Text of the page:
Roofing Question

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says...

I use HD's credit to buy now and use their money for a year, free. Works out quite well (have $4K worth of carpeting on credit now). I've done it with a half a dozen appliance and furniture stores too. I even bought my wife a laptop and used their money. I like the free use of money. ;-)

Good for you! I like to hear success stories. OTOH, it's difficult to get someone, such as yourself, to give us the time of day here. When they do honor us by agreeing to give an estimate they usually don't show and *NEVER* call. Tradesmen generally *suck* around here. I do my own work, when possible.
--
Keith

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They spend a lot of money advertising showing happy people. They have the majority of people convinced they have the lowest prices to the point that they don't shop around any more. Given the size of the store, the same ill informed consumer thinks the big box stores have every possible piece of hardware imaginable and helpful "associates" will help them find what they need.
I've been to some plumbing and electrical supply houses that seem to have the surliest of clerks that don't want to be bothered with the consumer that has no clue what they want and they just re-enforce why going to Home Depot is better. .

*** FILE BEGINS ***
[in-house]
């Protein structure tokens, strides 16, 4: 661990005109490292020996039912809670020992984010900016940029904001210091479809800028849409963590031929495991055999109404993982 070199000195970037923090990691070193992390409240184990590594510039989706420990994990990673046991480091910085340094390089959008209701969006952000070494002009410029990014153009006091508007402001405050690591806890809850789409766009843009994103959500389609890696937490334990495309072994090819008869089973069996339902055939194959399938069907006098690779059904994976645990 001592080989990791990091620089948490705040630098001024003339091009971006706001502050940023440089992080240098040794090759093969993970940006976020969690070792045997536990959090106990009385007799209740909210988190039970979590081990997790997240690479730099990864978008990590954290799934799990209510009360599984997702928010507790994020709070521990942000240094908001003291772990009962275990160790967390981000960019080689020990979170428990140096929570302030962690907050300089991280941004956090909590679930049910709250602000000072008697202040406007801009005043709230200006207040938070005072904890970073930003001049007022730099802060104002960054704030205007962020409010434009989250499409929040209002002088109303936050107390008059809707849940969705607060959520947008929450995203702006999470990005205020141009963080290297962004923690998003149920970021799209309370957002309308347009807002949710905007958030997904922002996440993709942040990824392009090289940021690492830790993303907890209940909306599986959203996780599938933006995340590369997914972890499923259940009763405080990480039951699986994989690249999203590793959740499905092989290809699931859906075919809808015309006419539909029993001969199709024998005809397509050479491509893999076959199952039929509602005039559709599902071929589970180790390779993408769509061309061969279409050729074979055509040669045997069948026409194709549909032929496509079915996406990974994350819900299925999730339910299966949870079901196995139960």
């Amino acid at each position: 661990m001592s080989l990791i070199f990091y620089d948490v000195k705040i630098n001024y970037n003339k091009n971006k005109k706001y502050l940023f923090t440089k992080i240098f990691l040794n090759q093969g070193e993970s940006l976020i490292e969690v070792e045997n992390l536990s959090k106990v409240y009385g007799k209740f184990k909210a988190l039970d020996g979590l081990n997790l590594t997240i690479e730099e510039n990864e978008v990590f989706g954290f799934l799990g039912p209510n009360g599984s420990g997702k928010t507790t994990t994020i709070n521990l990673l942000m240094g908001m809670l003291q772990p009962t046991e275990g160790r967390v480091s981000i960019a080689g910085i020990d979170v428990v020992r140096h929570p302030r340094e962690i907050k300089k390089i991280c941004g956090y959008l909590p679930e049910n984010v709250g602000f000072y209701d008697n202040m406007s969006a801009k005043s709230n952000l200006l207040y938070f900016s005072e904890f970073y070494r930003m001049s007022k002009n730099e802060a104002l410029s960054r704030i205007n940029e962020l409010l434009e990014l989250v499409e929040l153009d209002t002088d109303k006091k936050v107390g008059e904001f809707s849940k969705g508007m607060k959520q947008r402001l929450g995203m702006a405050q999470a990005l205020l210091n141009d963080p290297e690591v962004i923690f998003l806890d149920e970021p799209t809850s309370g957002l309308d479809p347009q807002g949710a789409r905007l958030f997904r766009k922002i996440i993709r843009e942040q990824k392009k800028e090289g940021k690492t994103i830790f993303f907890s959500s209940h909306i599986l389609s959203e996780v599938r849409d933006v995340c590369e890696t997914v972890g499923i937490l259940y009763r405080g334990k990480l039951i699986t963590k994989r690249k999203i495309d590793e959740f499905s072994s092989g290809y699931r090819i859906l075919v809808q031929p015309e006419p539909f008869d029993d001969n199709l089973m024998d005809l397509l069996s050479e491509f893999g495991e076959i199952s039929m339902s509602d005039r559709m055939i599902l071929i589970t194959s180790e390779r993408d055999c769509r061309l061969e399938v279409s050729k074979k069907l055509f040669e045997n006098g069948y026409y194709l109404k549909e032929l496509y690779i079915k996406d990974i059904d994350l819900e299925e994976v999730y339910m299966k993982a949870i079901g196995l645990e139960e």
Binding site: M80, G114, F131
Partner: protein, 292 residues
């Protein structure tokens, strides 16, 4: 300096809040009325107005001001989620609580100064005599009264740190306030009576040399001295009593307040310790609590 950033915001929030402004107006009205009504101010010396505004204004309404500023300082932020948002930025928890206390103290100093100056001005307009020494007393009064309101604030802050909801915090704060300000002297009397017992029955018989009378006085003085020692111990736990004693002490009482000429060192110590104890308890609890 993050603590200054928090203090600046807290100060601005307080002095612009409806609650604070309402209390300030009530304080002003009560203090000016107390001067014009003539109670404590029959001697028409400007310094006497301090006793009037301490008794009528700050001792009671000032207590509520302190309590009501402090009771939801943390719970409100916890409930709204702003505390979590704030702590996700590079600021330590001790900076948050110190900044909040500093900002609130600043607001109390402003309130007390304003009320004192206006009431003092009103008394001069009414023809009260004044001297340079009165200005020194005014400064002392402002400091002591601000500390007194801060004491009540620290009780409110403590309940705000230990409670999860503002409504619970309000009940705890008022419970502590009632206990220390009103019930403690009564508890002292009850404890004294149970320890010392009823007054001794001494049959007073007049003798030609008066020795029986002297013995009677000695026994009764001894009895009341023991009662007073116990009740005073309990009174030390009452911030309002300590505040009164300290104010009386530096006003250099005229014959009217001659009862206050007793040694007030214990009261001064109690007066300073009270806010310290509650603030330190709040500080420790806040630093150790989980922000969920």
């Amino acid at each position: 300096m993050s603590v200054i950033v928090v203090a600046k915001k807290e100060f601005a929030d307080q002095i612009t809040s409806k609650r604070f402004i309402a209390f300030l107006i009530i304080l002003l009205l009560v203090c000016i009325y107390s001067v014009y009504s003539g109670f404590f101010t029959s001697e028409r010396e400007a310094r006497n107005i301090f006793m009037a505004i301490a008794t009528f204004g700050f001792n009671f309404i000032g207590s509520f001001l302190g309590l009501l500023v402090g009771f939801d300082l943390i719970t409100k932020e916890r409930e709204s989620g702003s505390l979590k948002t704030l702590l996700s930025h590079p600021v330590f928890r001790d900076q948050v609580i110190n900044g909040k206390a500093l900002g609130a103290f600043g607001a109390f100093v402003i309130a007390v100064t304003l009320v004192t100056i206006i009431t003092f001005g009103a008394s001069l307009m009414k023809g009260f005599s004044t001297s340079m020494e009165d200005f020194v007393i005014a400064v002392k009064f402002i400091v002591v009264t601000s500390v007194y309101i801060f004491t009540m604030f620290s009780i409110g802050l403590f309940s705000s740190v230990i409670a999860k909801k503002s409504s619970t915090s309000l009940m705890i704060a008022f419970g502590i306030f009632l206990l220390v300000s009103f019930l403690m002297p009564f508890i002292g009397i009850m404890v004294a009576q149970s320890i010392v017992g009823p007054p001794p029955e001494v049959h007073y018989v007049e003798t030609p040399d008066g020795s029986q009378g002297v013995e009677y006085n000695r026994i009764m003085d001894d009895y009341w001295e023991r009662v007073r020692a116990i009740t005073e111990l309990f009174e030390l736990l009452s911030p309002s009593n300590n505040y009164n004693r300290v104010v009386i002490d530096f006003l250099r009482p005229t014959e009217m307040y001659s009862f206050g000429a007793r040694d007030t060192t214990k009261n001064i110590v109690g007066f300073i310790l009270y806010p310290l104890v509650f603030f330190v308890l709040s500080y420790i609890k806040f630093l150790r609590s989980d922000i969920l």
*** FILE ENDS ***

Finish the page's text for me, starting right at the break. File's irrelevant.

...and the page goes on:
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wrote in message

thinking about some of the replies.
I know a lot of people who don't hesitate to spend top dollar for contracting work, myself included, but oftentimes we find a few things that immediately turn us off.
1) The contractor has a great reputation and obvious talent, but the personality of a pit bull and I personally will suffer subquality work from someone less qualified as long as they have a decent customer face. A lot of people that I know feel the same way. When we can't find someone reasonably human, we then decide to give it a go ourselves.
2) To comment on what you said Ed, I know 3 electrical supply houses in my area (50 mile radius) who will deal with someone who is NOT a contractor and doesn't have a line of credit with them already established. So what that means is that I have to go to Lowe's or Ace if I want to do work myself - it's not that I don't want to deal with them or that they're unhappy people, they simply refuse my business. Or, when they do interact with walk-ins the help is so unfamiliar in dealing with single customers that their skills immediately turn us off. Seattle Lighting is one store that I simply won't do business with - simply because of the poor quality of their floor help. Yet I know lots of contractors who work with them all the time.